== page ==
The roots לאך and עבד are the basis to form the words that could be translated as 'work' מלאכה and עבדה. But what is the difference?

What distinguishing work from work?

Some times its prohibited to do any melacha. Some times even melechet avodah (Vayikra 23:7). How do these terms differ? How does work differ from works of work?

  • 1
    are you asking about the halachic status of each, or the linguistic distinction?
    – rosends
    May 3, 2015 at 1:54
  • 1
    @Danno unsure, but it appears to be the latter. Chazal discuss the distinction between physically productive work (melachah) and service (avodah), which is why prayer is an avodah (service of the heart to Hashem), but NOT a melachah. May 3, 2015 at 4:02
  • 1
    @IsaacKotlicky then it would just be about Hebrew, and I would vote to close.
    – rosends
    May 3, 2015 at 11:25
  • @danno there might very well be halachic distinctions based upon linguistic semantics. I think we should ask the OP to clarify the question. May 3, 2015 at 13:46
  • 3
    Is the root really לאך? What other conjugations does it take?
    – Double AA
    May 3, 2015 at 16:06

1 Answer 1


In terms of the difference between the tow words for what we call in English, "work" here are some quotes from websites exploring this:


"The Hebrew language has two words for "work"--avodah and melachah. Avodah is a general term meaning work, while melachah has a very precise halachic meaning. On Shabbat, melachah is prohibited. Our Sages explain that melachah refers to the activities which were necessary for construction of the Mishkan, the traveling sanctuary which the Jews took with them throughout their desert wanderings."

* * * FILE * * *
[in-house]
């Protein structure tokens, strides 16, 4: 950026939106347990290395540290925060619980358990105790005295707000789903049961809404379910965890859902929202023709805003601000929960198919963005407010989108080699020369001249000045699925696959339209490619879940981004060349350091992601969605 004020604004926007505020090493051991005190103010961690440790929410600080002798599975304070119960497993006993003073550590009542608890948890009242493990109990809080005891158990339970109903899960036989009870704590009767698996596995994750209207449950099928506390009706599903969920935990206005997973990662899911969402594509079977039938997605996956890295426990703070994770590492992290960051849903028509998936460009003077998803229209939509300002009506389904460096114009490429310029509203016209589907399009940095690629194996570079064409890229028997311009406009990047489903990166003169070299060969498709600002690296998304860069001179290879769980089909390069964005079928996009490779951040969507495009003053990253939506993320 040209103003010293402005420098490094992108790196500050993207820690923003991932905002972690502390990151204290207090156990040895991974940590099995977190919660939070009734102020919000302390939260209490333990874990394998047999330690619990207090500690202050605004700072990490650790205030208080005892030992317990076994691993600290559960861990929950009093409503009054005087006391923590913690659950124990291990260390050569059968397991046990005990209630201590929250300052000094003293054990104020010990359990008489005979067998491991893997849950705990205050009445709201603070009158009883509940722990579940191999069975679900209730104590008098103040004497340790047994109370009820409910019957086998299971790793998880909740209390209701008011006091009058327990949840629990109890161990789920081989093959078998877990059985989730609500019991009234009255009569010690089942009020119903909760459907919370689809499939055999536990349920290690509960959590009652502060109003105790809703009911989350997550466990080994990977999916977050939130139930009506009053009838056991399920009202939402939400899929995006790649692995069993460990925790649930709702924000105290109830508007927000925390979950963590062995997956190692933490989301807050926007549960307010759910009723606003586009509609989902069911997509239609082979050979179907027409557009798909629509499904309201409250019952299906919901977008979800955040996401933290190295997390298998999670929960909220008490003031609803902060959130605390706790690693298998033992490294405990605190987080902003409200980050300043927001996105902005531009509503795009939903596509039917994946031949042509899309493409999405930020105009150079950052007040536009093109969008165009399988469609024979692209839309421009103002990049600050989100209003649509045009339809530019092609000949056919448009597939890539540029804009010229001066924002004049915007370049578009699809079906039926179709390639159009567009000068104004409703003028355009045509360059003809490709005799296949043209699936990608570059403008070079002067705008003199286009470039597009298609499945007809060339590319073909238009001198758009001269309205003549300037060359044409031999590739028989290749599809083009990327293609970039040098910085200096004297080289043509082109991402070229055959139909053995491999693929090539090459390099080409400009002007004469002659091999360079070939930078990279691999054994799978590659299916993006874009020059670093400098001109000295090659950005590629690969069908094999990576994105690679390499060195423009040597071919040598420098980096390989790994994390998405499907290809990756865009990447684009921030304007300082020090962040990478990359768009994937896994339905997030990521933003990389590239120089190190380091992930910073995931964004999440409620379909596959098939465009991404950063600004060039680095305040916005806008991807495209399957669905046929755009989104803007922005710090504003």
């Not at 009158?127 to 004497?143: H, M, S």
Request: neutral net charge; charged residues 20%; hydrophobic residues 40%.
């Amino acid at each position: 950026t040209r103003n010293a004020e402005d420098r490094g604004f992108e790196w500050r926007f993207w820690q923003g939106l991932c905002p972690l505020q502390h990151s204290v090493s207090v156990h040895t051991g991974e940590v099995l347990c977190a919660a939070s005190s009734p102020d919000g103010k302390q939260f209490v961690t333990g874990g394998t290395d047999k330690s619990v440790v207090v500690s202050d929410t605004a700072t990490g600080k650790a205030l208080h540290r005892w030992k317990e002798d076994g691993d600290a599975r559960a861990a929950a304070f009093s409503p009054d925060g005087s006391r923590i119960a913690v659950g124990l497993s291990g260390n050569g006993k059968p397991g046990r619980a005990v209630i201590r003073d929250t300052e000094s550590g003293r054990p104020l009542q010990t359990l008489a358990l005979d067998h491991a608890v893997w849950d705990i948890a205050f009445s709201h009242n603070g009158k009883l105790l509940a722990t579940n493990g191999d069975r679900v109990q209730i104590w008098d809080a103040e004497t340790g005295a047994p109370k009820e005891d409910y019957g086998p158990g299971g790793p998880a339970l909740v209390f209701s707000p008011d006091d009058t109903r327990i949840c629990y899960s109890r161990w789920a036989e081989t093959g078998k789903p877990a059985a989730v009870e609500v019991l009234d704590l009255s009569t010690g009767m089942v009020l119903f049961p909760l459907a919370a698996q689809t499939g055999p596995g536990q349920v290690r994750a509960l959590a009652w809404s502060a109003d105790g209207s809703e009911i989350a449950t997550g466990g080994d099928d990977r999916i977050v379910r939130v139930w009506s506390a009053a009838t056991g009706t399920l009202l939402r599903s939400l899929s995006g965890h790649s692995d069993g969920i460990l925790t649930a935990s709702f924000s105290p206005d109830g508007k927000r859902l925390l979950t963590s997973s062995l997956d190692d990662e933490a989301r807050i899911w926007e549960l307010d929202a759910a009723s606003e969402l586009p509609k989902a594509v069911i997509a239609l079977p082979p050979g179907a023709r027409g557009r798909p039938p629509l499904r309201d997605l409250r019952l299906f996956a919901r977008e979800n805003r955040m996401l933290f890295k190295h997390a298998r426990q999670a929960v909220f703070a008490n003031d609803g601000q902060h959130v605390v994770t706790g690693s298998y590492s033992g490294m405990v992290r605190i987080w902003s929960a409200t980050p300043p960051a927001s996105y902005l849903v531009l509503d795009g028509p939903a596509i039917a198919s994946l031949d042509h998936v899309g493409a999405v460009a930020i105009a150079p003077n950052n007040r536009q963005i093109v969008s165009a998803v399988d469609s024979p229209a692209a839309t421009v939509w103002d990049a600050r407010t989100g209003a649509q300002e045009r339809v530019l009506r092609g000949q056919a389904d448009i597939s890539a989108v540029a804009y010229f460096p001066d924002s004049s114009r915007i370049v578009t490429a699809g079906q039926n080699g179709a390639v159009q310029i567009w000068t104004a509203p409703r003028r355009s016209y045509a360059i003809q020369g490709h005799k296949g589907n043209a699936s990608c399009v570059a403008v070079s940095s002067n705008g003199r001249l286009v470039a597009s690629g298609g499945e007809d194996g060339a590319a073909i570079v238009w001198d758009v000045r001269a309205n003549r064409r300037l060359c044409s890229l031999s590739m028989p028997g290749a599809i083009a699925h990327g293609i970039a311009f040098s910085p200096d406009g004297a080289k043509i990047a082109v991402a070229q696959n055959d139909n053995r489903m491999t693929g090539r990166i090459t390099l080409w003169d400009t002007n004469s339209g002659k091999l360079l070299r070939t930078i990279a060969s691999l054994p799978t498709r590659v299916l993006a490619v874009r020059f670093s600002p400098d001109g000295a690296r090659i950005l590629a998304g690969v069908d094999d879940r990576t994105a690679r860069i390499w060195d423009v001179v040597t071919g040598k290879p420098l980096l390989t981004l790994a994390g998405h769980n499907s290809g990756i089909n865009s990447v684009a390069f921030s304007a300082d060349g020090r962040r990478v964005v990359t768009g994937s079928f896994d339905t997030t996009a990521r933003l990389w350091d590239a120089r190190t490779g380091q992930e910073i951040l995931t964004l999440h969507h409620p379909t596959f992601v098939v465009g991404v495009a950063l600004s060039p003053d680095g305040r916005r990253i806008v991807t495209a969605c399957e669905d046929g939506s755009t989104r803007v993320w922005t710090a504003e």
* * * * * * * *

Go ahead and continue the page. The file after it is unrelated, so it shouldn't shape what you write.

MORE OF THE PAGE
There is a difference in Lashon HaKodesh [the holy tongue] between the word Avodah and the word Melacha. Melacha (which we find, for instance by the forbidden Sabbath labors) connotes constructive work. Avodah is merely toil, without necessarily accomplishing anything.


The Ramban is saying exactly what the point of the Mishkan was. Everything Hashem instructed, Bnei Yisrael did as avodah. When Moshe saw how Bnei Yisrael were treating the seemingly unimportant, the tedious—the melacha—as though it was the avodah itself, he felt it fitting to give them a beracha (“Vayar Moshe es kol hamelacha, vehinei asu osa kaasher tziva Hashem ken asu vayevarech osam Moshes” 39:43) Rashi says this beracha was a yehi ratzon that the Shechina should rest in the work of their hands, “Yehi ratzon shetishre shechina bemaaseh yedeichem…” Moshe saw Bnei Yisrael’s loyalty, dedication, and complete sincerity for Hashem and wanted them to get their reward—a confirmation from Hashem that they indeed were worthy of His Shechina. In addition, it could be said—Bnei Yisrael spent all their time and so much hard physical labor for Hashem and all this melacha was indeed turned to Avodah.

a video shiur on the topic (17 minutes): http://www.torahanytime.com/video/avoda-vs-melacha-regarding-shabbat/

and an audio one (33 minutes): http://www.yutorah.org/lectures/lecture.cfm/743139/Rabbi_Aaron_Soloveichik/The_Difference_Between_Avoda_and_Melacha

The distinction between the two ranges from the legalistic dimension (as melacha is a particular category of behaviors) to the spiritual to the linguistic (with "avodah" also a word meaning "worship" (sort of) ).


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